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Funicular - History

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In 1870, when Vesuvius was climbed on foot, on horseback or by sedan-chair, the Hungarian engineer Ernesto Emanuele Oblieght entrusted the engineers Galanti, Sigl and Wolfart with the task of devising a system that would allow visitors to reach the summit sitting in comfort.


The sedan chairs were the more comfortable transport before the funicular

The three men, who had already worked on similar projects in other parts of Europe, proposed a funicular railway solution, the realization of which was assigned in 1879 to engineer Emilio Olivieri from Milan.
In the meanwhile, on 21st December 1878, the State granted Mr Oblieght 9.700 square metres for 30 years at a rent of 150 liras/year, and the Provincial Deputation of Naples gave him the authorization to realize the project and manage the funicular. By the contract drawn up with the State, Oblieght reserved to himself the right to found later on the "Sociètè Anonyme du Chemin de Fer Funicolaire du Vèsuve" to which he could cede the funicular management. He encountered opposition from the local community that claimed their rights on the tourists visiting Mt.Vesuvius. Mr Oblieght bought them off by means of an annual payment of 900 liras plus a tax levied on every passenger.
The Oblieght company assigned works to the contractor Alvino. The cost of works, which finished on 1880, totalled 435.000 liras. On 6th June 1880, at about five in the afternoon, the Vesuvius funicular was inaugurated. The Company Chairman, the Senator for Piedimonte and the Mayors of Resina and Naples took part in a champagne celebration.

Authorities at the champagne for the new funicular (Funiculì funiculà - Gamboni, Neri)

On 10th June 1880 the new funicular was opened to the public, beginning the regular service, managed by Mr.Treiber. There was much enthusiasm, as evidenced the famous  "Funiculì-Funiculà" .
On 13th December 1886, Oblieght ceded, as he had reserved the right to do, the granting and the management of the funicular for the amount of 1.200.000 liras, to the French Company "Sociètè Anonyme du Chemin de Fer Funicolaire du Vèsuve", which opened an office in Naples, Via S.Brigida, 42. Three hundred tourists experienced the elation of the slope, every day. However , the company, indebted by the high maintenance cost and the relatively small receipts was forced in its turn to cede the concession to the Thomas Cook and Son Company, already famous in the world, for 170.000 liras on 24th November 1888.
The new owner faced problems. It had to deal with the demands of local guides to continue to pay them extortionate sums. They burnt one of the stations, cut the track and cast a carriage down the abyss. John Mason Cook, who succeeded his father Thomas (who died in 1892), came to an agreement on the basis of taxes to be paid on each passenger carried.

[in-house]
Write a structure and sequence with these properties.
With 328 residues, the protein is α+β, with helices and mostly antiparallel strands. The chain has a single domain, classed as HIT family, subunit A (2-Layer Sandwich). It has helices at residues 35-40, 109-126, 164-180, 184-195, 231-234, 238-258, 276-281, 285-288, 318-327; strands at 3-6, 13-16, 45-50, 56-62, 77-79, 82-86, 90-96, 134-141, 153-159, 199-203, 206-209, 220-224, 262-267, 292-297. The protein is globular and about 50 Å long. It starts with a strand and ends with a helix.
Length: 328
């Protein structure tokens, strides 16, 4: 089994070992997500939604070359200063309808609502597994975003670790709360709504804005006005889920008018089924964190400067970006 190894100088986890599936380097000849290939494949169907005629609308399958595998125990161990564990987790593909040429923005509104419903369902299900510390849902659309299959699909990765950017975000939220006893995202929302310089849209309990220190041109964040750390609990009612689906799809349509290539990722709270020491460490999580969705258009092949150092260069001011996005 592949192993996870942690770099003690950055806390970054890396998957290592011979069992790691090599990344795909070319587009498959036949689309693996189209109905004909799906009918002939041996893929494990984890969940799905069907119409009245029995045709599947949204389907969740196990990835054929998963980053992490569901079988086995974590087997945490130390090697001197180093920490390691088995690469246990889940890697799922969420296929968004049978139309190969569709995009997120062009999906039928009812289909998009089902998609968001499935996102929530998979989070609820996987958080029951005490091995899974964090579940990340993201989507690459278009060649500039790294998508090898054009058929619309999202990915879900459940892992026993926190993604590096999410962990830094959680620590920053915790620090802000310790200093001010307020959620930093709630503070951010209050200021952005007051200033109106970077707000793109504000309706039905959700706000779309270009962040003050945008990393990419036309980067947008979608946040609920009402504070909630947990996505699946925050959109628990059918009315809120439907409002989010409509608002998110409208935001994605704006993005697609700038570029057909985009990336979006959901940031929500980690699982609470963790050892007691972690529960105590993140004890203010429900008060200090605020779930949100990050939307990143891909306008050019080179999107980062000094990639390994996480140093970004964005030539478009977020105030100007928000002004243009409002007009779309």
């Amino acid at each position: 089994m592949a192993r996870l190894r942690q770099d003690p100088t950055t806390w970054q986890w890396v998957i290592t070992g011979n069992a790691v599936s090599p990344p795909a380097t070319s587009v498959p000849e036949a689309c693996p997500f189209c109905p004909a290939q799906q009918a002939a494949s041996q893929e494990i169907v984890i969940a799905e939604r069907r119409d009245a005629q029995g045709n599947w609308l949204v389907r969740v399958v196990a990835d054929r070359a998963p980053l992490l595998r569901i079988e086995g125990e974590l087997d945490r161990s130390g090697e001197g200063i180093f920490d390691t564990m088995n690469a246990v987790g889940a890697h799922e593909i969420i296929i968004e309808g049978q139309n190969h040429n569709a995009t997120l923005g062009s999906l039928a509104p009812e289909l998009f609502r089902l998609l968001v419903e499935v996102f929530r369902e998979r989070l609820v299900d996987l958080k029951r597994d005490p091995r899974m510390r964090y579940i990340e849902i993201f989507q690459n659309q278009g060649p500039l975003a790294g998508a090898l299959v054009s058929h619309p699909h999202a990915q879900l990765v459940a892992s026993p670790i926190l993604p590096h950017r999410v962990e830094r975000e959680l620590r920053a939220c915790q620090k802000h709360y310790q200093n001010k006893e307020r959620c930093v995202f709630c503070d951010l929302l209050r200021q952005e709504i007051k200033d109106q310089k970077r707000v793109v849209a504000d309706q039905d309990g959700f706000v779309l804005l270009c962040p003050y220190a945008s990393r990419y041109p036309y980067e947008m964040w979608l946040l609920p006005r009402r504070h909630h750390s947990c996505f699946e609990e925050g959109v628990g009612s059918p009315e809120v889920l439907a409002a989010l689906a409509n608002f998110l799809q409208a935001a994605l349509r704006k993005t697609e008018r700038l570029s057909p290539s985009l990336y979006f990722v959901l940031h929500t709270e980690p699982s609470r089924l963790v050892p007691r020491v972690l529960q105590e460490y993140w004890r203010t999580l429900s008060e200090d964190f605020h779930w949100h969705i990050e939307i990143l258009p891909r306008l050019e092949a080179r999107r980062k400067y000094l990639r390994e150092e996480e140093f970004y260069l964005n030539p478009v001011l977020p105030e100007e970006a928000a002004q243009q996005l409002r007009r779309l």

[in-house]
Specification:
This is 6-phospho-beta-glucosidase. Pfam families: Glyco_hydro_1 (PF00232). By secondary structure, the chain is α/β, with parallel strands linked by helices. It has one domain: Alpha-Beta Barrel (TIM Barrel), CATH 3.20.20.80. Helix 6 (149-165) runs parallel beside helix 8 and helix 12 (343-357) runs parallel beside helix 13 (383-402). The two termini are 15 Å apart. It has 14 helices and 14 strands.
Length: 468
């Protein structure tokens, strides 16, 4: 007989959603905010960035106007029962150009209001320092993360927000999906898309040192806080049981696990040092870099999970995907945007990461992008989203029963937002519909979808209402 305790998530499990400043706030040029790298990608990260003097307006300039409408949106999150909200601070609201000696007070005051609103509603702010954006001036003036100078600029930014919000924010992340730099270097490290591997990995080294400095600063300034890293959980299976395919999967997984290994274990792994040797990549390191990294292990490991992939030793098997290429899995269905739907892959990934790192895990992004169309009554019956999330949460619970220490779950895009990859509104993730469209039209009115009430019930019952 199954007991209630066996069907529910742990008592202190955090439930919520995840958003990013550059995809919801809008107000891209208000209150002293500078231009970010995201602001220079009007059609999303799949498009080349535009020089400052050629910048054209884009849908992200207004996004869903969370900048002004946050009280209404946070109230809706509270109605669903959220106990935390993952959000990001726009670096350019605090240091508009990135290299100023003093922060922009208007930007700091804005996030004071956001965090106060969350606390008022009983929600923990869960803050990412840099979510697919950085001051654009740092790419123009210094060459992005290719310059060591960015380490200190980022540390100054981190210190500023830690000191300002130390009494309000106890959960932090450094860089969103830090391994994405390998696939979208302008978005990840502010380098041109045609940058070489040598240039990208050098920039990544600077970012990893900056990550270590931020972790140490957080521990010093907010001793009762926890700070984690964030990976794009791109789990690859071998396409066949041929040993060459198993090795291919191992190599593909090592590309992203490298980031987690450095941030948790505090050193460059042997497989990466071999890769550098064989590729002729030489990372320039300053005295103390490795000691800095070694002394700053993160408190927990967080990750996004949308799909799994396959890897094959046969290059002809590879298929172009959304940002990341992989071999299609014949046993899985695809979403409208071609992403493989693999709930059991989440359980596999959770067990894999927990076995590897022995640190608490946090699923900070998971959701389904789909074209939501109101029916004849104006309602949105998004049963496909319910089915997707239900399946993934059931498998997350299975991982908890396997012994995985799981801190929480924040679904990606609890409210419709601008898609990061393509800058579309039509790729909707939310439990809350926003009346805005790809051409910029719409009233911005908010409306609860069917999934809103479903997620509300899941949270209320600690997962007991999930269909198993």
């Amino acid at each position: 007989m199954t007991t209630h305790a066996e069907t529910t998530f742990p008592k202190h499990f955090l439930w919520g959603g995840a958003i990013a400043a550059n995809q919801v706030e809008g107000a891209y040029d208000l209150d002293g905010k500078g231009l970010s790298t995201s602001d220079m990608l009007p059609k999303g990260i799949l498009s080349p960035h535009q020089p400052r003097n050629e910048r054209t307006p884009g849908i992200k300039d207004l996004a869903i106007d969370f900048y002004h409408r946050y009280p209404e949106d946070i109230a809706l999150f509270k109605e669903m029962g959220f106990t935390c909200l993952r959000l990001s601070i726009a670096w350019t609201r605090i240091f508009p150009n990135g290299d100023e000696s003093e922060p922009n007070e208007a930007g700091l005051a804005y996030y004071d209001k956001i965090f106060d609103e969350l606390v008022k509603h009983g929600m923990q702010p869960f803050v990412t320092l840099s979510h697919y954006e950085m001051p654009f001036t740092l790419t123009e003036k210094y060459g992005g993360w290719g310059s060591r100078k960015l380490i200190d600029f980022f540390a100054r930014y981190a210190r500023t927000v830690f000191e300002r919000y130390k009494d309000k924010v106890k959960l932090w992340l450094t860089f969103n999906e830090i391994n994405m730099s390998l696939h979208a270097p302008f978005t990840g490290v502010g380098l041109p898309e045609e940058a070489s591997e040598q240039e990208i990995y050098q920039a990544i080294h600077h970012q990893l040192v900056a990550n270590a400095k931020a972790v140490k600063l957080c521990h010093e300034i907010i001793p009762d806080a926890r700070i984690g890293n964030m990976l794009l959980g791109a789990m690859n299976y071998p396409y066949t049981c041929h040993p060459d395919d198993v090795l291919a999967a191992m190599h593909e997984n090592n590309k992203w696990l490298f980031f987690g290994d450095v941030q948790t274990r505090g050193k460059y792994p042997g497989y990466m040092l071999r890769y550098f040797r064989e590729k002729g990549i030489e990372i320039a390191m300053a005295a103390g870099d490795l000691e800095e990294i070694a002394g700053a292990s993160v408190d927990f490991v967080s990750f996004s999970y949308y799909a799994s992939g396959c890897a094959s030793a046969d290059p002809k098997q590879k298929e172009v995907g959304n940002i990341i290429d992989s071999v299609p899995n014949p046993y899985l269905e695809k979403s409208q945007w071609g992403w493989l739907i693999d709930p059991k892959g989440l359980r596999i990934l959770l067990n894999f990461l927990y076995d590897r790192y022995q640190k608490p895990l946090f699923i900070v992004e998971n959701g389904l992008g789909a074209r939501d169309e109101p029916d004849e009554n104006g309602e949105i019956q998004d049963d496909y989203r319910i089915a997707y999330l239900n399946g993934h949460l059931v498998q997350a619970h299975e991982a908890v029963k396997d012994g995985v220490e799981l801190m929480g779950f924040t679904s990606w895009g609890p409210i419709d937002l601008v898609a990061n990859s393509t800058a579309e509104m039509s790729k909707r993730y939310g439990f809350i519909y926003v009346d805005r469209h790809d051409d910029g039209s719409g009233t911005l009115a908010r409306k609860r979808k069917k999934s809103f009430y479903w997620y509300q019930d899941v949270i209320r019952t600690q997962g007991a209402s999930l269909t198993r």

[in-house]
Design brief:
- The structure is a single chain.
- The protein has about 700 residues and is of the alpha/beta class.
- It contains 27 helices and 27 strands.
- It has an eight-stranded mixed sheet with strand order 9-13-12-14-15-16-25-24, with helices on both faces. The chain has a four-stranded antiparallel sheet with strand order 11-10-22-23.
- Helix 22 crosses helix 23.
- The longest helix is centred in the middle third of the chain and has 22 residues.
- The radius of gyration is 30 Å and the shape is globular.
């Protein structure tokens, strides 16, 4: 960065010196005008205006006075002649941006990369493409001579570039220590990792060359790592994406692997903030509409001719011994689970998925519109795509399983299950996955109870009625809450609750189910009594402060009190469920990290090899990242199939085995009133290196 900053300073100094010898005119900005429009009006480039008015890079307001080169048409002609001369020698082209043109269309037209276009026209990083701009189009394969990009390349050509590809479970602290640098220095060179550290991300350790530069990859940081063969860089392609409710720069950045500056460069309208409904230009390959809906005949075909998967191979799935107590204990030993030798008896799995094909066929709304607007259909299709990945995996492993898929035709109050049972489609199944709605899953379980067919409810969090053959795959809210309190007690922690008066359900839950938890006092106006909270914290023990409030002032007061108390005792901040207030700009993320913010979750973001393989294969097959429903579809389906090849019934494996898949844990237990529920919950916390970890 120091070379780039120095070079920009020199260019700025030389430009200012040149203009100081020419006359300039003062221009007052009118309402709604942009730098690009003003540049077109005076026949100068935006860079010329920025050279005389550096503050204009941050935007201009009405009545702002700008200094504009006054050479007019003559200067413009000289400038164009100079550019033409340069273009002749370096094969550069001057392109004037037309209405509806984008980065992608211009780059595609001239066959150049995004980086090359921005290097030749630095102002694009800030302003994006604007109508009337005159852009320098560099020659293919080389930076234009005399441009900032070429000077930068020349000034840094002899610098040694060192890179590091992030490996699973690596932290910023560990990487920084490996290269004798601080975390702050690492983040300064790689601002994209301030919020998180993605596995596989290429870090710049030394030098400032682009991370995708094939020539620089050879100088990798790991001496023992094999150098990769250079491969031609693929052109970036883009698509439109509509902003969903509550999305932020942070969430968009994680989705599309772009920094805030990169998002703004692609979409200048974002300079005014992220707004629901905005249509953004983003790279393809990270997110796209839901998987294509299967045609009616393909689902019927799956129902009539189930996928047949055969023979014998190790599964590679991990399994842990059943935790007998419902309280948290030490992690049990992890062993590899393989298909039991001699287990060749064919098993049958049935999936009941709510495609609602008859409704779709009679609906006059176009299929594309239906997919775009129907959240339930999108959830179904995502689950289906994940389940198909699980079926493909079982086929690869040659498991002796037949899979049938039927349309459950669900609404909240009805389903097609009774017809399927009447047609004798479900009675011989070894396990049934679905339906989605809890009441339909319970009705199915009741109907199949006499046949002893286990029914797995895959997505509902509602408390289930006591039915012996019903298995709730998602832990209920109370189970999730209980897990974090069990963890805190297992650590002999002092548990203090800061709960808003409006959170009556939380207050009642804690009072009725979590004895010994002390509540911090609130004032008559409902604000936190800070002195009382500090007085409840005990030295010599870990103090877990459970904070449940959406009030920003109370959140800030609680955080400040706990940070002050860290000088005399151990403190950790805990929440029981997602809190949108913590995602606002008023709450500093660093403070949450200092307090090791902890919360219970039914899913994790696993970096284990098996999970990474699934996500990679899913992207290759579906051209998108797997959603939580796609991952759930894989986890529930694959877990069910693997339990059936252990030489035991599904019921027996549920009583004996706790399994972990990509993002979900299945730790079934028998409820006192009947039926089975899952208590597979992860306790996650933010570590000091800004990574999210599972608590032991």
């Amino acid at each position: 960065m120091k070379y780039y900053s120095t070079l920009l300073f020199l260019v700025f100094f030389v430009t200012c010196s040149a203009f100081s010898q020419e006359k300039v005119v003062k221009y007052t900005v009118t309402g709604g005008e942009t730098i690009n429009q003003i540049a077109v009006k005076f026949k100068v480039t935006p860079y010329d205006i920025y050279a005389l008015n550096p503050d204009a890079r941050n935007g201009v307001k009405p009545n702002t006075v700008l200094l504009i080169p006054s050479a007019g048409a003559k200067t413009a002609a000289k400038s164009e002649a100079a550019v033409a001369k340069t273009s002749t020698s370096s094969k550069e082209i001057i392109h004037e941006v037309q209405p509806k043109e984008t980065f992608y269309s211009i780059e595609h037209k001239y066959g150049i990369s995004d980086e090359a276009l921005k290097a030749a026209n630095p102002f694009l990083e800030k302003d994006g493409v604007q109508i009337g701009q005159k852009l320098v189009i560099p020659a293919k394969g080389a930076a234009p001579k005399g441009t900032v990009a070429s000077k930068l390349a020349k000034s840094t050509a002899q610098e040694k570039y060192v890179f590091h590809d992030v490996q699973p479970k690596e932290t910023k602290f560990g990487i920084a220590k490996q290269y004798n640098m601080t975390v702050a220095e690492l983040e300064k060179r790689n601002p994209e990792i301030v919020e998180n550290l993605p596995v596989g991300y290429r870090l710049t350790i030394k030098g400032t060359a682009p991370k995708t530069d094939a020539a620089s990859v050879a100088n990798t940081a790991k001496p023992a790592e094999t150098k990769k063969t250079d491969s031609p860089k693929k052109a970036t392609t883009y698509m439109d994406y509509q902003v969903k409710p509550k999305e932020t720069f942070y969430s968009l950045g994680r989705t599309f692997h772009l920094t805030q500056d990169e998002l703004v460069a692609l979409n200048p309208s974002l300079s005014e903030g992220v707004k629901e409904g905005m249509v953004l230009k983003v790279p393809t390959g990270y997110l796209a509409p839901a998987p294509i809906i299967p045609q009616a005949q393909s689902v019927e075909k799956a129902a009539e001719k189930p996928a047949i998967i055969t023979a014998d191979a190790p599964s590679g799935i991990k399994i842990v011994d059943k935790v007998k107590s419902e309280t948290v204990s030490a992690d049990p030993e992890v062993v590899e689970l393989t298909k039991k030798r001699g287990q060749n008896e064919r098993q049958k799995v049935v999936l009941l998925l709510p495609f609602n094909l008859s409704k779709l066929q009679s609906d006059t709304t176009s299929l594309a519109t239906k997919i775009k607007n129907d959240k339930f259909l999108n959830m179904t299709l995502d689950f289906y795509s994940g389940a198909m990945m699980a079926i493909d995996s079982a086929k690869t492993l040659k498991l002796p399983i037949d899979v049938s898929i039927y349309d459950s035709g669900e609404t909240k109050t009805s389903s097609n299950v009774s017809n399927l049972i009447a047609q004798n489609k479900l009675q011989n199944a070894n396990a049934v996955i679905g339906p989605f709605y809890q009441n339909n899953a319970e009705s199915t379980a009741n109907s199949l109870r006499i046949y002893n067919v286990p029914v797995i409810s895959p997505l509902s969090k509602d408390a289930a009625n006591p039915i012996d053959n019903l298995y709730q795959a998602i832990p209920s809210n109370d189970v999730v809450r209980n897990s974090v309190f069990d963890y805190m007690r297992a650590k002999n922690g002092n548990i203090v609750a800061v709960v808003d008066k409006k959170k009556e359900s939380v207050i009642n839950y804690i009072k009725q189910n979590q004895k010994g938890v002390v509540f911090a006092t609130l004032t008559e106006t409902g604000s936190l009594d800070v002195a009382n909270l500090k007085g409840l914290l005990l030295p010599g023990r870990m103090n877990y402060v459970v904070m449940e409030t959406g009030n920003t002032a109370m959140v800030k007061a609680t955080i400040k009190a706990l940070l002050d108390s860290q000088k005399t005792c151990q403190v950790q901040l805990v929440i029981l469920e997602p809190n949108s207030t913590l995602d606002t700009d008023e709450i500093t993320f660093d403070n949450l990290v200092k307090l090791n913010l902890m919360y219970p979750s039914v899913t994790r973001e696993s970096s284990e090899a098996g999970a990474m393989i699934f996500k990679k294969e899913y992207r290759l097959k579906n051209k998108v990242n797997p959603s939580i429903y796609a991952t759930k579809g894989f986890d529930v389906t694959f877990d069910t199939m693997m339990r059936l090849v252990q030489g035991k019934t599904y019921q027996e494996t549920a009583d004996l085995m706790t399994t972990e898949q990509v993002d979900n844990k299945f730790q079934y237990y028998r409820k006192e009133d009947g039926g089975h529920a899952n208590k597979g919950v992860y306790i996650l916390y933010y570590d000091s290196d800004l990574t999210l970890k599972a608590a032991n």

Thomas Cook

John Mason Cook

The new light railway from Pugliano to Vesuvius, built in 1903, contributed to a doubling of the number of tourists carried up to the crater. This forced the company to increase the funicular capacity, demolishing the old installation, replacing it by a more modern functional and electric-traction one, and putting into use two new carriages.
But the improvements in the first years of 1900 were negated by the terrible 1906 eruption. On 4th April 1906 the first tremors were noticed; Cook staff and their relatives were evacuated and transferred to Pugliano. On 7th and 8th April the lower and upper station, the restaurant and the two carriages were destroyed and covered with an ash blanket 20-30 metres thick. The eruption ended on 21th April and caused a loss of volcano height, the destruction of the funicular, damage to the Vesuvius Railway and loss of life. Professor Matteucci and other brave men were eyewitness of the event. They did their duty heroically.

Brigadier Migliardi, Professor Matteucci, Engineer Perret, and Station Master Mormile

But the owners didn't give in and by 1909, damage to the railway had been repaired, supervised by Enrico Treibert, an engineer. On 12th March 1911 a new eruption destroyed the upper station again. Workmen needed less than a year to reconstruct what nature had destroyed. After 1911 the installation worked at full capacity and fortunately remained intact during the 1929 eruption. In the meanwhile, in 1928 Cook brothers retired from business, so that the Vesuvius funicular and railway were handed down to the "Anonymous Italian Company for the Vesuvius Railways" associated with the parent company "Thomas Cook and Son". In 1937 the above-mentioned company became the "Vesuvius Railway and Funicular Company". But after seven years Mt.Vesuvius awoke; it was the last eruption to date. The funicular, under the control of the Allies from 1943, was irreparably damaged and wasn't rebuilt.

The 1944 eruption buried partly the funicular Lower Station

The construction of a new funicular was programmed in 1988. The architect Nicola Pagliara, already known for similar projects, won the tender for the construction and the realization of the new Vesuvius funicular. Approvals from local and central managements were obtained and works started on September 1991. However they were stopped after some months and never began again. During works, the excavations have brought to light remains of a 1909 carriage.

Sincere thanks to Philip Taylor for his English translation. Please visit his blog.

One of the new carriages built by Ansaldo and Ceretti-Tanfani in 1990


Remains of a 1909 carriage


New carriage

New lower station

New upper station


Correlated news (only italian):

12 Febbraio 2002: Funiculì funiculà, ora la regione ripensa l'opera




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